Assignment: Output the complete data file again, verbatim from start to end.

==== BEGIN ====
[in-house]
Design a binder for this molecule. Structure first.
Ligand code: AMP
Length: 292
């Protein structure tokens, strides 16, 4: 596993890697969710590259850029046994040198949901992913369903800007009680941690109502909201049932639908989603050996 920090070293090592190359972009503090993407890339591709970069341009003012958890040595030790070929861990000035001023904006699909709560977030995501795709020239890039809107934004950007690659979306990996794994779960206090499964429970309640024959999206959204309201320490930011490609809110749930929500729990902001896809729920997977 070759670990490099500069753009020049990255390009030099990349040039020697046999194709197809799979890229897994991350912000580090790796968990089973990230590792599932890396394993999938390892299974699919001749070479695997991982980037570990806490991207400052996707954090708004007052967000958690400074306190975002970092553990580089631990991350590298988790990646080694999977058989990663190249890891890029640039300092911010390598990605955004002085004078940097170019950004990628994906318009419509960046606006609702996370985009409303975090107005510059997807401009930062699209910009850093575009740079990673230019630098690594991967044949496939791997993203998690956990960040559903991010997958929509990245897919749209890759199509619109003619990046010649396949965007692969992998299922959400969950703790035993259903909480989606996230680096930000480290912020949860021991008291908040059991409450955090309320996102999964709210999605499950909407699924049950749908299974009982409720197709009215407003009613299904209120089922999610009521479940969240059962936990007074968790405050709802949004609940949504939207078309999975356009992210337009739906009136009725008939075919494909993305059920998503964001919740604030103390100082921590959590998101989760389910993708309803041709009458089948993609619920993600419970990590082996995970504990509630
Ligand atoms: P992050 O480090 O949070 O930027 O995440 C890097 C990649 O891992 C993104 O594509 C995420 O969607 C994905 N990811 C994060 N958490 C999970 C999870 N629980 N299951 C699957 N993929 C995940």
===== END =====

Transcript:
[in-house]
Design a binder for this molecule. Structure first.
Ligand code: AMP
Length: 292
């Protein structure tokens, strides 16, 4: 596993890697969710590259850029046994040198949901992913369903800007009680941690109502909201049932639908989603050996 920090070293090592190359972009503090993407890339591709970069341009003012958890040595030790070929861990000035001023904006699909709560977030995501795709020239890039809107934004950007690659979306990996794994779960206090499964429970309640024959999206959204309201320490930011490609809110749930929500729990902001896809729920997977 070759670990490099500069753009020049990255390009030099990349040039020697046999194709197809799979890229897994991350912000580090790796968990089973990230590792599932890396394993999938390892299974699919001749070479695997991982980037570990806490991207400052996707954090708004007052967000958690400074306190975002970092553990580089631990991350590298988790990646080694999977058989990663190249890891890029640039300092911010390598990605955004002085004078940097170019950004990628994906318009419509960046606006609702996370985009409303975090107005510059997807401009930062699209910009850093575009740079990673230019630098690594991967044949496939791997993203998690956990960040559903991010997958929509990245897919749209890759199509619109003619990046010649396949965007692969992998299922959400969950703790035993259903909480989606996230680096930000480290912020949860021991008291908040059991409450955090309320996102999964709210999605499950909407699924049950749908299974009982409720197709009215407003009613299904209120089922999610009521479940969240059962936990007074968790405050709802949004609940949504939207078309999975356009992210337009739906009136009725008939075919494909993305059920998503964001919740604030103390100082921590959590998101989760389910993708309803041709009458089948993609619920993600419970990590082996995970504990509630
Ligand atoms: P992050 O480090 O949070 O930027 O995440 C890097 C990649 O891992 C993104 O594509 C995420 O969607 C994905 N990811 C994060 N958490 C999970 C999870 N629980 N299951 C699957 N993929 C995940």